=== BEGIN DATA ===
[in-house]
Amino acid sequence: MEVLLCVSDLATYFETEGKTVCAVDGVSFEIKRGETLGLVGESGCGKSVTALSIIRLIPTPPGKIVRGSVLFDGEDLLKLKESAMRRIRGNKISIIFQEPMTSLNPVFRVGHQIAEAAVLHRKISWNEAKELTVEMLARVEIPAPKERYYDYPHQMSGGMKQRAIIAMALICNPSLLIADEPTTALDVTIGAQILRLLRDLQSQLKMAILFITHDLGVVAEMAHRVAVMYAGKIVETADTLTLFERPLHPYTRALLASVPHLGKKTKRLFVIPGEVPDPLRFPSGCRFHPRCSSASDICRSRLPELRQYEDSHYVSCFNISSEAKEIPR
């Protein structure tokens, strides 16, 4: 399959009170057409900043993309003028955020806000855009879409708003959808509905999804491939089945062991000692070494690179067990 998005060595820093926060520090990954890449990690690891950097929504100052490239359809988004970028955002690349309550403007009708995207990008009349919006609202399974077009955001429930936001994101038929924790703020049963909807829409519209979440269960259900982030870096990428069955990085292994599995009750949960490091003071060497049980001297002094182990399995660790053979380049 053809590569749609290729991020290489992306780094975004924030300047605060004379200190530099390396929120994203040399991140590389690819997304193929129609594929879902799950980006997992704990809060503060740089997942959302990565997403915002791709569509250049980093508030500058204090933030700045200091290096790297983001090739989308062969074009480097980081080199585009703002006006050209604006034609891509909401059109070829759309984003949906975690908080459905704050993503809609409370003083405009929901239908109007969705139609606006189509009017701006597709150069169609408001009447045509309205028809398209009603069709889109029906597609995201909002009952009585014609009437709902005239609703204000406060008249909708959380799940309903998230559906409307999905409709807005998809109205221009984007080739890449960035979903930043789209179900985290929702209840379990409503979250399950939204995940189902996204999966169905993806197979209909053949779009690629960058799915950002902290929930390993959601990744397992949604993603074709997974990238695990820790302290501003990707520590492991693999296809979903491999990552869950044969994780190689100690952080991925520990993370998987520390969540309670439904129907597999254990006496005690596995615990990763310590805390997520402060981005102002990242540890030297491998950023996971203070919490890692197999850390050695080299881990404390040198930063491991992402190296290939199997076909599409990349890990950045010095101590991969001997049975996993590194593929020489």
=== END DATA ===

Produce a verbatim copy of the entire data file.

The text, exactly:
[in-house]
Amino acid sequence: MEVLLCVSDLATYFETEGKTVCAVDGVSFEIKRGETLGLVGESGCGKSVTALSIIRLIPTPPGKIVRGSVLFDGEDLLKLKESAMRRIRGNKISIIFQEPMTSLNPVFRVGHQIAEAAVLHRKISWNEAKELTVEMLARVEIPAPKERYYDYPHQMSGGMKQRAIIAMALICNPSLLIADEPTTALDVTIGAQILRLLRDLQSQLKMAILFITHDLGVVAEMAHRVAVMYAGKIVETADTLTLFERPLHPYTRALLASVPHLGKKTKRLFVIPGEVPDPLRFPSGCRFHPRCSSASDICRSRLPELRQYEDSHYVSCFNISSEAKEIPR
């Protein structure tokens, strides 16, 4: 399959009170057409900043993309003028955020806000855009879409708003959808509905999804491939089945062991000692070494690179067990 998005060595820093926060520090990954890449990690690891950097929504100052490239359809988004970028955002690349309550403007009708995207990008009349919006609202399974077009955001429930936001994101038929924790703020049963909807829409519209979440269960259900982030870096990428069955990085292994599995009750949960490091003071060497049980001297002094182990399995660790053979380049 053809590569749609290729991020290489992306780094975004924030300047605060004379200190530099390396929120994203040399991140590389690819997304193929129609594929879902799950980006997992704990809060503060740089997942959302990565997403915002791709569509250049980093508030500058204090933030700045200091290096790297983001090739989308062969074009480097980081080199585009703002006006050209604006034609891509909401059109070829759309984003949906975690908080459905704050993503809609409370003083405009929901239908109007969705139609606006189509009017701006597709150069169609408001009447045509309205028809398209009603069709889109029906597609995201909002009952009585014609009437709902005239609703204000406060008249909708959380799940309903998230559906409307999905409709807005998809109205221009984007080739890449960035979903930043789209179900985290929702209840379990409503979250399950939204995940189902996204999966169905993806197979209909053949779009690629960058799915950002902290929930390993959601990744397992949604993603074709997974990238695990820790302290501003990707520590492991693999296809979903491999990552869950044969994780190689100690952080991925520990993370998987520390969540309670439904129907597999254990006496005690596995615990990763310590805390997520402060981005102002990242540890030297491998950023996971203070919490890692197999850390050695080299881990404390040198930063491991992402190296290939199997076909599409990349890990950045010095101590991969001997049975996993590194593929020489």